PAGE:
National Polymer International Corporation v. FedEx Freight, Inc.
MEMORANDUM OPINION AND ORDER - It is therefore ORDERED that Natural Polymer International Corporation's Motion for Summary Judgment (Dkt. 19 ) is hereby GRANTED. The Court finds FedEx failed to properly limit its liability under the Carmack Amendment. As a result, FedEx is liable for the full amount of damages. It is further ORDERED that FedEx Freight, Inc.'s Motion for Summary Judgment (Dkt. 20 ) is hereby DENIED. It is further ORDERED that Plaintiff Natural Polymer International Corporation file a proposed final judgment within five (5) days of this order. Signed by Judge Amos L. Mazzant, III on 8/17/2017. (baf, )
United States District Court
EASTERN DISTRICT OF TEXAS
NATURAL POLYMER INTERNATIONAL
FEDEX FREIGHT, INC.
Civil Action No. 4:16-CV-00359
MEMORANDUM OPINION AND ORDER
Pending before the Court is Plaintiff Natural Polymer International Corporation’s Motion
for Summary Judgment (Dkt. #19) and Defendant FedEx Freight, Inc.’s Motion for Summary
Judgment (Dkt. #20). After reviewing the relevant pleadings and motions, the Court finds
Plaintiff’s motion should be granted and Defendant’s motion should be denied.
Natural Polymer International Corporation (“Polymer”) manufactures pet products in
Plano, Texas. In 2014, Polymer ordered six machines from AZCO Corporation (“AZCO”), an
equipment manufacturer in Fairfield, New Jersey. After a failed attempt to ship the machines
with another carrier, AZCO used FedEx Freight Inc. (“FedEx”) as the carrier under Polymer’s
FedEx Freight account number. In July 2015, FedEx arrived at AZCO’s facility to load and ship
the machines. The machines had a total value of $81,796.1 The machines were destroyed during
transit to Polymer’s Plano facility.
At the time of shipping, AZCO presented the FedEx driver with its standard bill of lading
(“BOL”). A BOL is a contract between a shipper and a carrier. Like any contract, it conveys the
parties’ information, the subject matter, and the contract price. Here, the BOL contains a
FedEx has already paid $30,000 of this amount. Although Polymer claims $81,796 in its complaint, it only asserts
$48,966 in its motion for summary judgment.
provision that states that the BOL is “subject to the classifications and lawfully filed tariffs in
effect on the date of issue of this Bill of Lading” and that “all or any of said property that any
service to be performed hereunder shall be subject to . . . the applicable motor carrier
classification or tariff” (Dkt. #23, Exhibit 1). Further, the BOL states that the “[s]hipper hereby
certifies that he is familiar with all the terms . . . set forth in the classifications or tariff” and
those terms are “hereby agreed to by the shipper and accepted for himself and his assigns”
(Dkt. #23, Exhibit 1). FedEx maintains a “FedEx 100-M Rules Tariff” (“Rules Tariff”) on its
The Rules Tariff was published and in effect throughout the transaction. A tariff outlines
the terms and conditions that govern shipment. For example, a tariff may proscribe restrictions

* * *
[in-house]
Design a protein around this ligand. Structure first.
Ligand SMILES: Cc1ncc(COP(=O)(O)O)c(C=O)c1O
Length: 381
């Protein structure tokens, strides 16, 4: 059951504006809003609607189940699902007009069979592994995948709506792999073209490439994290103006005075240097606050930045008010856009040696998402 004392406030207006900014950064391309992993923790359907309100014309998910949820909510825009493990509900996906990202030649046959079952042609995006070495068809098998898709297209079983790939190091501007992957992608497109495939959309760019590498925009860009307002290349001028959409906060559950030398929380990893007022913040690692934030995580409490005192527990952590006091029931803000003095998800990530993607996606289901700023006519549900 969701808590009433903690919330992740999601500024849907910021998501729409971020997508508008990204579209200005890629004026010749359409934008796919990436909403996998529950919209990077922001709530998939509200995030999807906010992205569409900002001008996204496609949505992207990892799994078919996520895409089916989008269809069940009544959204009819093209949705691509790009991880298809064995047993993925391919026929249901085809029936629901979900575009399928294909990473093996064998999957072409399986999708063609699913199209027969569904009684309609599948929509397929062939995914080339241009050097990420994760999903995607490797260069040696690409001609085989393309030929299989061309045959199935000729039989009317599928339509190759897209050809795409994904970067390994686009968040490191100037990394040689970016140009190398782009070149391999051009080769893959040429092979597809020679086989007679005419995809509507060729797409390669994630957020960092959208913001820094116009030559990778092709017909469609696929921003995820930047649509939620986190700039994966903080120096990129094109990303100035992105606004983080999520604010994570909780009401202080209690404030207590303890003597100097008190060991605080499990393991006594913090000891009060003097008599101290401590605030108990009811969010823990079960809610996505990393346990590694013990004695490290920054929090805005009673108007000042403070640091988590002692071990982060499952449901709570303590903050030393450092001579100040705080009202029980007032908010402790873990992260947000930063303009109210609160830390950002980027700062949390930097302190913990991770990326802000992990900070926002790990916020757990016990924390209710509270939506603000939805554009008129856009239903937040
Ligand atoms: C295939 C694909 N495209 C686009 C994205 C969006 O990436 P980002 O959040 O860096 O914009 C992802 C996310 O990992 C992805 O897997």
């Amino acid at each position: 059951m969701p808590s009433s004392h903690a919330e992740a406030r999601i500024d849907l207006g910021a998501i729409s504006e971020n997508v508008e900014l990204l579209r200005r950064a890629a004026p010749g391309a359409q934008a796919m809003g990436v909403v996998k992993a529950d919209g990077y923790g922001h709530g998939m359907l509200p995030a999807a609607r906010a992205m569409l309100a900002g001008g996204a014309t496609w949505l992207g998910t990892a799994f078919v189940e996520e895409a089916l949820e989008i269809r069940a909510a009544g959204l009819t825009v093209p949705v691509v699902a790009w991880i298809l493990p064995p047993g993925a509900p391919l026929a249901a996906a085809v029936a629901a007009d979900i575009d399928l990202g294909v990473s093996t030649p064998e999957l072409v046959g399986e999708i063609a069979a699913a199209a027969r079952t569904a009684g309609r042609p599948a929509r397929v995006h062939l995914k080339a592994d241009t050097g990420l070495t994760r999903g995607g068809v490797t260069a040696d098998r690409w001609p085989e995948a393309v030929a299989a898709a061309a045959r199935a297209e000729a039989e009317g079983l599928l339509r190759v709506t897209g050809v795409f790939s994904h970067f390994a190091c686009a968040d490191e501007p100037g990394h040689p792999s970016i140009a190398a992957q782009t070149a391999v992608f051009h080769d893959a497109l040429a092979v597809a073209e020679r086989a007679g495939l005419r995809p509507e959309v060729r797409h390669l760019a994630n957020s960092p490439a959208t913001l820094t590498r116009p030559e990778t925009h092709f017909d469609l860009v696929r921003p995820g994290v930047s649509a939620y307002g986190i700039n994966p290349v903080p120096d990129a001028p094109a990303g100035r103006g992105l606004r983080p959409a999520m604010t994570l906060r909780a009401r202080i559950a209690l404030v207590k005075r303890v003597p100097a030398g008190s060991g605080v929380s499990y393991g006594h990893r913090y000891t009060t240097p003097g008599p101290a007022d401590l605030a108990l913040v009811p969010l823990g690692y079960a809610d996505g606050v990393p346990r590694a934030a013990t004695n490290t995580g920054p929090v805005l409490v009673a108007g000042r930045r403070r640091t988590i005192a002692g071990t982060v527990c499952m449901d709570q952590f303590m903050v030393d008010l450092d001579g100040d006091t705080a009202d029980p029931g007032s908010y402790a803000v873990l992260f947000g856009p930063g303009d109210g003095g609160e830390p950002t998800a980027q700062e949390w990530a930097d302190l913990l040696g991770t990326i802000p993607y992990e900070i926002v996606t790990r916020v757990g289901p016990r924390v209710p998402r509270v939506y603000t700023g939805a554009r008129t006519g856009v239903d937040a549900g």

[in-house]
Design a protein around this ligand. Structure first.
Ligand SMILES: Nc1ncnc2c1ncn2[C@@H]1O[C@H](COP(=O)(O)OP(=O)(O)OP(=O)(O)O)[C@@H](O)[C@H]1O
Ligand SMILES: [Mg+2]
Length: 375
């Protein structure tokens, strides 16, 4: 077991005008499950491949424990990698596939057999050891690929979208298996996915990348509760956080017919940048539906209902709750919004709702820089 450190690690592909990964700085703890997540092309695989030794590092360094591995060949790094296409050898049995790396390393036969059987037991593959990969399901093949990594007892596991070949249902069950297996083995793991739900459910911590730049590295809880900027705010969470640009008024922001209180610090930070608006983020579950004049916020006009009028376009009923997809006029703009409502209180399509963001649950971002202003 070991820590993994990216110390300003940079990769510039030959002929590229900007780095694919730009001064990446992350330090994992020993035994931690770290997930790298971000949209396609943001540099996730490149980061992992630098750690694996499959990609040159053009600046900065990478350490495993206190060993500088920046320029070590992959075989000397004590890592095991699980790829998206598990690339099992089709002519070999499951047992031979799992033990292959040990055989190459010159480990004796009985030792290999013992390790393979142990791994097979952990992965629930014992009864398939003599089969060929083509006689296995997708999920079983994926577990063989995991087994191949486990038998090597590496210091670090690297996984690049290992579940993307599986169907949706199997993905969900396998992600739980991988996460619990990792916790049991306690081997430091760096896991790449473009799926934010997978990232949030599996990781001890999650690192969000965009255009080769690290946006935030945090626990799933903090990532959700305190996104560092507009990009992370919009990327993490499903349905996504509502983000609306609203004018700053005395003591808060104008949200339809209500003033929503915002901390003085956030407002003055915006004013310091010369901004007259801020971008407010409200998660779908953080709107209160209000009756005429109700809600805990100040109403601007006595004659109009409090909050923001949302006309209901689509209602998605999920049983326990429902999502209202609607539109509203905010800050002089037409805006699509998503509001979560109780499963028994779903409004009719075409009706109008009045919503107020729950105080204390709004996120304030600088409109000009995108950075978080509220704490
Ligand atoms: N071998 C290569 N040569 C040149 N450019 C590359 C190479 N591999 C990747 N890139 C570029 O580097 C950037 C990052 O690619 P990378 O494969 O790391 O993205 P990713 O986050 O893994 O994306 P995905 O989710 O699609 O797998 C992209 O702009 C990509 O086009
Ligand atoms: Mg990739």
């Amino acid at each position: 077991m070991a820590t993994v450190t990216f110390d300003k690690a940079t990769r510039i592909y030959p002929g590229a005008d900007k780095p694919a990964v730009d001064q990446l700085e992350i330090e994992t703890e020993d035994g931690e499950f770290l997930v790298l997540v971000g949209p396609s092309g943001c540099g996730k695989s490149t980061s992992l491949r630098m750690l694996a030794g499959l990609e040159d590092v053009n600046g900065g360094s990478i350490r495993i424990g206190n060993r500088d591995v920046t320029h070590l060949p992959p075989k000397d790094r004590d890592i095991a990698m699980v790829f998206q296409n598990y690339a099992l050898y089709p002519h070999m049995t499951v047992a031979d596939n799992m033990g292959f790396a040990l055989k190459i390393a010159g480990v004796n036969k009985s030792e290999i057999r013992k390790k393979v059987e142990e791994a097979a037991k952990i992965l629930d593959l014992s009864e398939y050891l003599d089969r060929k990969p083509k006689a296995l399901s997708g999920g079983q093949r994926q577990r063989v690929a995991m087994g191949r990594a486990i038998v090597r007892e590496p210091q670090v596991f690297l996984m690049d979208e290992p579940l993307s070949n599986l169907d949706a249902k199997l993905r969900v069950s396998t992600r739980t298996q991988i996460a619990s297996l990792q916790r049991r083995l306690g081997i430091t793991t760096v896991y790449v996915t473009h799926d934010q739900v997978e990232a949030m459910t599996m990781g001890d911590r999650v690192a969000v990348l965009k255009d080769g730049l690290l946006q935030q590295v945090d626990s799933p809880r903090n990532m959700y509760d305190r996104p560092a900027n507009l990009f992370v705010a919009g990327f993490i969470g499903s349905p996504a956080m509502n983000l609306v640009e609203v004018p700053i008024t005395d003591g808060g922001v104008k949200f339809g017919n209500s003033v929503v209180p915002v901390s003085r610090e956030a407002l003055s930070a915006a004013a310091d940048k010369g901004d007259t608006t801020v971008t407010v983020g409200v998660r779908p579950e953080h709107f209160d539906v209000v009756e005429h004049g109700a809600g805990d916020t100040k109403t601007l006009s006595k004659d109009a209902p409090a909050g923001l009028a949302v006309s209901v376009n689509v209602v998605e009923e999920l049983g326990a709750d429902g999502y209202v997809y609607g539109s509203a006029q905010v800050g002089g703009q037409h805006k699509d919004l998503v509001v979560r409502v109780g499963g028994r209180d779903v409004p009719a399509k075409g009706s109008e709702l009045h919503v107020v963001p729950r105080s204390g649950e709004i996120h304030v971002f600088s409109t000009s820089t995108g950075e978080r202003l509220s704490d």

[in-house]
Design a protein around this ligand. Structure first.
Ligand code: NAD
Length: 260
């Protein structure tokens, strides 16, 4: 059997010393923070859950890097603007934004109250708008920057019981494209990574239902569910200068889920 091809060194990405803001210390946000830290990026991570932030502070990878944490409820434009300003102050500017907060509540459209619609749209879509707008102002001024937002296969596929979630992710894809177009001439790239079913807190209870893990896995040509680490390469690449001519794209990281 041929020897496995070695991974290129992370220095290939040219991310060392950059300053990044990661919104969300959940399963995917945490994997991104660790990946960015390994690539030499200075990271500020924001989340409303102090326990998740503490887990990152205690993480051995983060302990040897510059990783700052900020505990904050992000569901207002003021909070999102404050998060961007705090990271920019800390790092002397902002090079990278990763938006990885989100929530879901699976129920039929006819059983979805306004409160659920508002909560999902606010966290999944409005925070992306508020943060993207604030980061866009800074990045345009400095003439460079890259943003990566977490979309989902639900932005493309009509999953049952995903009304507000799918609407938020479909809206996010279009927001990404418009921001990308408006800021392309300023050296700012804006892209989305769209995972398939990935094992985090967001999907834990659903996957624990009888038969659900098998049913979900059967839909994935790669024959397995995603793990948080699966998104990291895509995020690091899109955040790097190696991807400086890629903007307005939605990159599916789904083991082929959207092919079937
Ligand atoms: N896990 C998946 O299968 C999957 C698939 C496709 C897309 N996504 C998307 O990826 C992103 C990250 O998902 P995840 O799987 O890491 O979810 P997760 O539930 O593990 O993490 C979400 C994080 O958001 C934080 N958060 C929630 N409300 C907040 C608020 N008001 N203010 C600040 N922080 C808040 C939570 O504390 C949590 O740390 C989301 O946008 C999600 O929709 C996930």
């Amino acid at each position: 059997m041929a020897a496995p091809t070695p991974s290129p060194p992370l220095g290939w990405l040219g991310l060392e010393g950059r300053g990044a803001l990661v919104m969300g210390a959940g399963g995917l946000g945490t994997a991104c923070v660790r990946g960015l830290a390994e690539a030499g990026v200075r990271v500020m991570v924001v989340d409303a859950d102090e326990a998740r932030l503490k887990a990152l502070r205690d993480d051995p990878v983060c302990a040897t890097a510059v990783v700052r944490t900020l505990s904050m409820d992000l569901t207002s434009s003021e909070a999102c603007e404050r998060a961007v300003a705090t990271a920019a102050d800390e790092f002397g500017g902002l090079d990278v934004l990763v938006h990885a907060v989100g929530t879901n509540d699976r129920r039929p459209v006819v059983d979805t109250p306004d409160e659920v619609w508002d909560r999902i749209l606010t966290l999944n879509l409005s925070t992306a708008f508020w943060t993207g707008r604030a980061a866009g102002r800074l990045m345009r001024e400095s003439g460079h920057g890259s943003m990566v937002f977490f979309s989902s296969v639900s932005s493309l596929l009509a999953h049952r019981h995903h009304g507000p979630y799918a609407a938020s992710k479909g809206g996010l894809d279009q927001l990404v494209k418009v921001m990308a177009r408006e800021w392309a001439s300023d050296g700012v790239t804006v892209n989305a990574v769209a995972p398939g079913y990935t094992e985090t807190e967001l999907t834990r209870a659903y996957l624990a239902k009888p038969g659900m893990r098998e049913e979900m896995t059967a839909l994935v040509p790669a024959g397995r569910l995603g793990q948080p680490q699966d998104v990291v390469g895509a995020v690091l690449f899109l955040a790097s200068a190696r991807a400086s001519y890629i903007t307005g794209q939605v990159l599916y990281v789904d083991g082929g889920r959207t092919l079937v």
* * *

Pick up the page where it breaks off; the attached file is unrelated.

on certain cargo such as alcoholic beverages or firearms, or promulgate limitations on legal
action such as a choice of law provision. Here, the relevant tariff provision establishes a liability
limitation (Dkt. #23, Exhibit 1). Per Rule 420 of the Rules Tariff, FedEx asserts its liability is
limited to $30,000.
It is undisputed that the parties are subject to the BOL and that the Rules Tariff, if
applicable, limits FedEx’s liability. However, the dispute involves the connection between the
two documents. FedEx contends that the BOL, by reference to “lawfully filed tariffs,”
incorporated its Rules Tariff, thus limiting its liability. Polymer, by contrast, asserts that the tariff
reference is insufficient to limit FedEx’s liability under 49 U.S.C. § 14706 (the “Carmack
Amendment”). Therefore, Polymer seeks the full amount of damages.
On April 18, 2016, Polymer filed suit in state court under the Carmack Amendment
alleging $81,796 in damages for the destroyed equipment (Dkt. #3). On May 27, 2016, FedEx
removed the case to federal court and asserted that its liability is limited to $30,000 under the
BOL and other related documents (Dkt. #1; Dkt. #5).
On January 26, 2017, Polymer filed its Motion for Summary Judgment (Dkt. #19). On
March 1, 2017, FedEx filed a response (Dkt. #24). On March 8, 2017, Polymer filed a reply
(Dkt. #25). On March 15, 2017, FedEx filed a surreply (Dkt. #27).
Also on January 26, 2017, FedEx filed its Motion for Summary Judgment (Dkt. #20). On
March 1, 2017, Polymer filed a response (Dkt. #23). On March 8, 2017, FedEx filed a reply
Summary Judgment is proper when “the movant shows that there is no genuine dispute as
to any material fact and the movant is entitled to judgment as a matter of law. Fed. R. Civ.
P. 56(a). A dispute is genuine “if the evidence is such that a reasonable jury could return a
verdict for the nonmoving party.” Anderson v. Liberty Lobby, Inc., 477 U.S. 242, 248 (1986).
Substantive law identifies which facts are material. Id. The moving party bears the initial burden
of identifying the basis for its motion and identifying “depositions, documents, electronically